A few years ago when I was out for a walk, a neighbor offered me some habanero peppers. I knew they were hot peppers, and since I like my chili spicy I brought home a bag of the little red fruit. They sat on the kitchen counter in the bag for a couple of days until I offered to chop and freeze them. My plan was to package a couple of tablespoons of chopped pepper in small snack bags ready to be used as needed.
Jerri went to bed and I washed, seeded and chopped the peppers. I bagged them, washed up and went to bed feeling productive and virtuous.
I woke up at 1 AM. The time is etched permanently in my memory because my hands were on fire. Maybe I didn’t wash my hands thoroughly enough, I thought, so I went to the bathroom and scrubbed them for a couple of minutes. Rinsing them under cold water, I was sure that I had taken care of the problem. However, when the water began to get hot, my hands got hotter.
Being a person who trusted in the vast library of useful information that is the Internet, I went downstairs to the computer and typed “habanero pepper hands” into the Google search box. At that time we had only a dialup connection, so it took a minute or so for Google to give me the first page of about a quarter million results.
Unfortunately they were not the results I was looking for. There were suggestions to use sugar, milk, olive oil and alcohol to relieve the burning, but as I tried one remedy after the other, none of which offered more than relief lasting a few seconds, I began considering banging my head against a wall. If I did it hard enough, I might forget about my hands for awhile.
I had the most sympathy for the person who had posted a comment on a chat page headed by a question of how to stop hands burning from chopping habanero peppers: “I am one of those people stupid enough to chop habanero peppers without gloves. What should I do?” My exact mea culpa and question.
I had the least sympathy with the person who posted this smarmy comment: “You should always wear gloves when chopping hot peppers.” Lots of help that was.
By this time it was about 2:30 in the morning. In a lucky flash of genius I realized that since my hands felt pretty good under cold water when I was washing them and in cold milk while I was soaking them, maybe I could just keep my hands in cold water until they shriveled up and dropped off or stopped burning. At that point I didn’t much care which happened first.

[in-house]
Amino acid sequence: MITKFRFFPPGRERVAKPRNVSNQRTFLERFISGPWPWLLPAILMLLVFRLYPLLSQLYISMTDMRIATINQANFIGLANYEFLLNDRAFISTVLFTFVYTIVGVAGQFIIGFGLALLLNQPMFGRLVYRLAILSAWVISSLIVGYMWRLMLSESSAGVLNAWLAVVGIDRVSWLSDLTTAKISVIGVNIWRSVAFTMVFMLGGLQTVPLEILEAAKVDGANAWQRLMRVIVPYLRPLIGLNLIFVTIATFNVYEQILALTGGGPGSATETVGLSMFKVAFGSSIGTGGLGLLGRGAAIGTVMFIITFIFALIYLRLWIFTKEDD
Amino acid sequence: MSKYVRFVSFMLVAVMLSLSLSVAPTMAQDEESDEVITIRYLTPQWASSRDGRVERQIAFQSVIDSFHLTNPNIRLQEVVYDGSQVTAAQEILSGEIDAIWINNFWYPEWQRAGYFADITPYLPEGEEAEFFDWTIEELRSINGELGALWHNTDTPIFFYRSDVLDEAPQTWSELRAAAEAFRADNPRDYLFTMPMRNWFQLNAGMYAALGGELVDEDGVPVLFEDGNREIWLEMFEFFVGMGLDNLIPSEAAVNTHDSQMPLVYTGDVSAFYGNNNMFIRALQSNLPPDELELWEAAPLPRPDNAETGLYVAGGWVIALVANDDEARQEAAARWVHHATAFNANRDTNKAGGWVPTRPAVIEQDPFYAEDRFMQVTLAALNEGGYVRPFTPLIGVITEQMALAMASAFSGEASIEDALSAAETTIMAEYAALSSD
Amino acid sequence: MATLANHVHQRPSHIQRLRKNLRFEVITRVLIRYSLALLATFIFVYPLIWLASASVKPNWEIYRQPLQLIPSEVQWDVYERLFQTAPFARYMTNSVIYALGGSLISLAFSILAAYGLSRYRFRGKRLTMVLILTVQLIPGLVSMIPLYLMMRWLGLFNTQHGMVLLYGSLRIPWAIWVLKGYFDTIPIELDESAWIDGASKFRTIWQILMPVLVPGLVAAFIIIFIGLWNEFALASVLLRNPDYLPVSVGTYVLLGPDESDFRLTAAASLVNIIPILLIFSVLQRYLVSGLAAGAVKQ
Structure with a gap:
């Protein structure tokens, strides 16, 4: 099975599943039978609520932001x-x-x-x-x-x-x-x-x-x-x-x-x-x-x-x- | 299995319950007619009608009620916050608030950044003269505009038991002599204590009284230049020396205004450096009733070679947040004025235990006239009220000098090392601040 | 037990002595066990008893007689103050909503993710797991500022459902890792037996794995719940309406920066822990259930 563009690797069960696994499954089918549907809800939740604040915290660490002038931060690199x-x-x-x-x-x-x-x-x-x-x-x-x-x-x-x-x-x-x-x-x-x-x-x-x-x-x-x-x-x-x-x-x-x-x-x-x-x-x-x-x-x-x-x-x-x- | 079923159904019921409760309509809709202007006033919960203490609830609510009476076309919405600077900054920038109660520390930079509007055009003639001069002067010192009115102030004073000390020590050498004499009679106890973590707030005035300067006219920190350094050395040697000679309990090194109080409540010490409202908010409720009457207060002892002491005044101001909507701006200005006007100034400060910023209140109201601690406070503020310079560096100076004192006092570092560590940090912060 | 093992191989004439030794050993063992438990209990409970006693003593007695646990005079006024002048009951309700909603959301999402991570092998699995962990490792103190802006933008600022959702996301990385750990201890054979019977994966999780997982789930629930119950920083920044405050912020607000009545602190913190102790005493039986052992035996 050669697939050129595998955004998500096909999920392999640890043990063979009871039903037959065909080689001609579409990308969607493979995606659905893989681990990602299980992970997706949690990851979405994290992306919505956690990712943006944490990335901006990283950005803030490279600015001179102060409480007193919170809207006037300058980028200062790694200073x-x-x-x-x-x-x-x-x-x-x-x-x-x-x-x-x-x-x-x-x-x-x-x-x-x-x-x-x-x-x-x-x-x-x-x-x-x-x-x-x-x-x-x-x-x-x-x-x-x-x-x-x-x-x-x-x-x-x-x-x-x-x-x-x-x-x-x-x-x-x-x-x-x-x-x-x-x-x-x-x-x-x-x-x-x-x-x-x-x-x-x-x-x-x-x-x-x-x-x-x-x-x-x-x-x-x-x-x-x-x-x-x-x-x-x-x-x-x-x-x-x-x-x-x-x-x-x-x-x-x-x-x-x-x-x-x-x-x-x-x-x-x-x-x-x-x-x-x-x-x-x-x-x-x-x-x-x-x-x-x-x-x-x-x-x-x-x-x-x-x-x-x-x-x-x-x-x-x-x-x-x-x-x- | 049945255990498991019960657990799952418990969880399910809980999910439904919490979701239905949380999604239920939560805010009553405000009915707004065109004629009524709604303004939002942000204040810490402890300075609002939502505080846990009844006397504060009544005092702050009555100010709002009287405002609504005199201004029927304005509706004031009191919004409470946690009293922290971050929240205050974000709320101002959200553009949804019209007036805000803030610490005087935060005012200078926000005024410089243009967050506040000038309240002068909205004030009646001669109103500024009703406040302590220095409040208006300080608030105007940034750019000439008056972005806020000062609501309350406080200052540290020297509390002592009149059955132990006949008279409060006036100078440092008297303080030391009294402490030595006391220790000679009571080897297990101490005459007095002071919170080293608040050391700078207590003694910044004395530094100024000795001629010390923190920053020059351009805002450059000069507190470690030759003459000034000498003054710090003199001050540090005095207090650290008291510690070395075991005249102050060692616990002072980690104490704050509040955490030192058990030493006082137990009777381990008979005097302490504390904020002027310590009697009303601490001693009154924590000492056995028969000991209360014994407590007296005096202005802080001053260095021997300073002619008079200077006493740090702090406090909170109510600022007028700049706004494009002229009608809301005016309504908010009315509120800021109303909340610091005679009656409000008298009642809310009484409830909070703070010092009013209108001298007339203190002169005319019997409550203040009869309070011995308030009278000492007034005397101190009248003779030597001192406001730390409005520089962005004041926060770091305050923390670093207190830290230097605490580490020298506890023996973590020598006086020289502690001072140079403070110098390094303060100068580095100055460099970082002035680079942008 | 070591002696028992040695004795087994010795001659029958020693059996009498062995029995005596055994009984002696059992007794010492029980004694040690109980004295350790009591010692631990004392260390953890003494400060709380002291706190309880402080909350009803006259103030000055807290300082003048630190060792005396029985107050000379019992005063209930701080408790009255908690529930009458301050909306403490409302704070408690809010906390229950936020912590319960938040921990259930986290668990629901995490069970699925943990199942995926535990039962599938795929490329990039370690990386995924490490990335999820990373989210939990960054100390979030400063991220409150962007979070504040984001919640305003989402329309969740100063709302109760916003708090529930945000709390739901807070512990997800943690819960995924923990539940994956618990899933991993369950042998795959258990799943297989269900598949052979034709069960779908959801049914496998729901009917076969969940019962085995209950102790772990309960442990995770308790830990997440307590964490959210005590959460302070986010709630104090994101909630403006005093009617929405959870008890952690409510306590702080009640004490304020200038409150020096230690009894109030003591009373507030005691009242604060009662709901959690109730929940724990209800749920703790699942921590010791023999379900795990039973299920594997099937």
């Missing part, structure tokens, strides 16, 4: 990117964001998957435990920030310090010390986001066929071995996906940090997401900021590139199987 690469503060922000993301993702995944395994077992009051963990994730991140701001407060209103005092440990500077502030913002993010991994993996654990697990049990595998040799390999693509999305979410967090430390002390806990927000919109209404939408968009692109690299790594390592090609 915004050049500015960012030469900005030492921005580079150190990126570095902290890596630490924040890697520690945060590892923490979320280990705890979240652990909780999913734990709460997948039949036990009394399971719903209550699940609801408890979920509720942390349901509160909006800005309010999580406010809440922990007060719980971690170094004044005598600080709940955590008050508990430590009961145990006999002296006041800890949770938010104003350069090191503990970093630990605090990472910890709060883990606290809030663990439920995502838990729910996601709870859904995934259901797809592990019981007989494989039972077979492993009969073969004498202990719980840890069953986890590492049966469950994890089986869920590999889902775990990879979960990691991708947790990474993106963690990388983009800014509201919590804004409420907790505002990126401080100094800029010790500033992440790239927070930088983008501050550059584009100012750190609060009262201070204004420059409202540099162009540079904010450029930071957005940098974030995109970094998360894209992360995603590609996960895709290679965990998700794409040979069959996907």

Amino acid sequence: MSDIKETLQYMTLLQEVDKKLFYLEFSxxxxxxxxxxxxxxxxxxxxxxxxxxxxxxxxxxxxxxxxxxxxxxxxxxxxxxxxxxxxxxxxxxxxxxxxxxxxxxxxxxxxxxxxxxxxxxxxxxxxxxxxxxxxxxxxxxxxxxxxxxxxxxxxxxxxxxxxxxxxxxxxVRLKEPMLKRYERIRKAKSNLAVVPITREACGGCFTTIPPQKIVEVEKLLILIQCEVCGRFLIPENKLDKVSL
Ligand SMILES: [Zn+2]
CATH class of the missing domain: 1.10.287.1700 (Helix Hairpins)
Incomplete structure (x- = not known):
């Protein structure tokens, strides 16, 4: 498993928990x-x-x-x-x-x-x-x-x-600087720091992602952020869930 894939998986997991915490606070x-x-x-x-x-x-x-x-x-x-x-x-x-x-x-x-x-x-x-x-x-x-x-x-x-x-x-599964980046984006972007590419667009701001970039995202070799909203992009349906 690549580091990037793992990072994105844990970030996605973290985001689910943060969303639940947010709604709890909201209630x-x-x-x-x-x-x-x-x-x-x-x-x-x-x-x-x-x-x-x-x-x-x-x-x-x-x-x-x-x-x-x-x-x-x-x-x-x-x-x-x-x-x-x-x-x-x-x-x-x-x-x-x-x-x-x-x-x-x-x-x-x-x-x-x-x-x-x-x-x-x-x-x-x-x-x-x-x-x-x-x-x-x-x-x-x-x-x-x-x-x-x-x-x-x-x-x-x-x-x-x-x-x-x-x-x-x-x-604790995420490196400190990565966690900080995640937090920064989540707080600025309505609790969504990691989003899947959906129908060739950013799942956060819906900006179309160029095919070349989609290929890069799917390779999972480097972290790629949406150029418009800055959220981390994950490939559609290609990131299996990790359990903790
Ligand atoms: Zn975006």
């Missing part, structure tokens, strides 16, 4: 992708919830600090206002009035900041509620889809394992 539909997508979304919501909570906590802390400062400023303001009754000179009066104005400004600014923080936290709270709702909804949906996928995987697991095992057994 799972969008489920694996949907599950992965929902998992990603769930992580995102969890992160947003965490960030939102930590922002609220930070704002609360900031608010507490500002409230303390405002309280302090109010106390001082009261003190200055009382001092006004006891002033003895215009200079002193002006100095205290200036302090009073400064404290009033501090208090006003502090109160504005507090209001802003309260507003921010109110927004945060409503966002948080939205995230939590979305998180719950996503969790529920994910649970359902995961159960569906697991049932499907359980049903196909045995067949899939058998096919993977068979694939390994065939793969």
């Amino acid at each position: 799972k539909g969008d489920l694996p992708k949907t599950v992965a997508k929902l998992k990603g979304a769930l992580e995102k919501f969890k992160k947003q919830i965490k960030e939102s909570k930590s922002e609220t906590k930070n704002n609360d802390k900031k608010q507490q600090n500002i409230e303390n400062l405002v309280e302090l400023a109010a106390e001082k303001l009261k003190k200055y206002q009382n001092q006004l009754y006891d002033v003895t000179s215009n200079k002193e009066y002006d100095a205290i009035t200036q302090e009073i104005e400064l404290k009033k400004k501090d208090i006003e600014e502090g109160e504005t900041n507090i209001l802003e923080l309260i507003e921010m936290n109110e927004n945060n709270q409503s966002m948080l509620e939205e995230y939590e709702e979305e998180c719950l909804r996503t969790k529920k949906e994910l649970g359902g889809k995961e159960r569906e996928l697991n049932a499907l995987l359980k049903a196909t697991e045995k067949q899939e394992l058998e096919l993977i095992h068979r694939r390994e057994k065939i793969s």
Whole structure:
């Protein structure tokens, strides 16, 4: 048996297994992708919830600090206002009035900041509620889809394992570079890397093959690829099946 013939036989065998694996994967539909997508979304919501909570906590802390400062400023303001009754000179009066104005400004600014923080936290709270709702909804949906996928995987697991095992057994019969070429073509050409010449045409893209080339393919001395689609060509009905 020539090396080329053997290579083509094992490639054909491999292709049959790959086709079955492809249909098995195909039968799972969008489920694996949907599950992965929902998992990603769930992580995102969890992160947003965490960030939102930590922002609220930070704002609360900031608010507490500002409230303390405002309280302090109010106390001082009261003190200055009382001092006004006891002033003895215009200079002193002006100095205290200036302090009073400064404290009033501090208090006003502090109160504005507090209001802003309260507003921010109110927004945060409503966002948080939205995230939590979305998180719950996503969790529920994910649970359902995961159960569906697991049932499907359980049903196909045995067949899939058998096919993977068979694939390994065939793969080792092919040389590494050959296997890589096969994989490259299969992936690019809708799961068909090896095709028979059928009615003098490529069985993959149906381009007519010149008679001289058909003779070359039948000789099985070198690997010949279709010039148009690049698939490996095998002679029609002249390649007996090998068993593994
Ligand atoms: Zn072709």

I put our largest mixing bowl on the breakfast bar, filled the bowl with about four inches of cold water, added two trays of ice cubes, put my hands into the bowl and promptly fell asleep sitting on a stool. When I woke up about 6:30 that morning my hands felt only uncomfortably sunburned.
One good thing to come out of this experience, aside from learning that soaking your hands in ice water stops burning caused by habanero peppers, was learning about the Scoville Scale The Scoville Scale ranks chile peppers according to how hot they taste in Scoville Heat Units (SHU). The heat comes from capsaicin, the chemical that makes peppers taste hot, and the scale goes from zero (bell peppers which have no capsaicin) to 16,000,000 for pure capsaicin.
Jalapeño peppers, which we had been using for years, rank pretty low on the scale at 2,500 to 8,000 SHU. Habaneros, on the other hand, have 200,000 to 350,000 SHU. Peppers vary in flavor as well as spiciness, and we have learned to enjoy many of them, from the mild Anaheim and poblano peppers to the hotter jalapeños and serranos and even those habaneros that I now know must be used with care and for us at least in small amounts.
Besides using jalapeños in our breakfast frittatas and for making jalapeño poppers, jalapeño peppers make a wonderful stir fry for anyone who enjoys a slightly spicy dinner. Stir fries are perfect for quick summer dinners. If you like spicy foods, here is a simple recipe for two or three people that will tingle your tongue in less than 30 minutes.
3/4 lb. lean sirloin steak
1 small or medium yellow onion
3 or 4 fresh jalapeño peppers
1/2 red bell pepper
stir fry sauce
2 T olive oil
Prepare the rice according to instructions on the package or your own special way.
While the rice is cooking, slice the sirloin into thin (1/8 to 1/4 “ thick) strips two to three inches long. Peel and coarsely chop the onion. Remove the stems and seeds from the jalapeño peppers and chop them into half inch inch pieces. If you have sensitive skin, wear gloves when you do this. Remove the seeds from the bell pepper and slice it into thin strips.
Pour 2 tablespoons of olive oil into a skillet. A wok, of course, works best but is not essential. About eight minutes before the rice is done, heat the oil, add the beef and brown it lightly. Add the onions and peppers and stir rapidly for about 1 minute. Season the meat and vegetables with two to four tablespoons of stir fry sauce.
Continue stirring for another one to two minutes to cook the vegetables. Season to taste (I always add a dash of salt) and have soy sauce at the table for final seasoning. Serve over rice with a garden salad on the side.
NOTES: Most of the heat in peppers is concentrated in the seeds and white membrane inside the pepper, so the spiciness of the jalapeños in this recipe is on the low end of the Scoville Scale.
And a final reminder from one who now knows better: Wear gloves whenever you chop habanero peppers.
2 thoughts on “Jalapeño Beef Stir Fry”
Can habaneros be substituted for jalapenos in this recipe? I like flames shooting from my mouth.
Try it, maybe by replacing one or two jalapeños with habaneros. Each kind of pepper has a slightly different taste, so the habaneros might give you a flavor you prefer as well as the fire. Let me know if it works for you.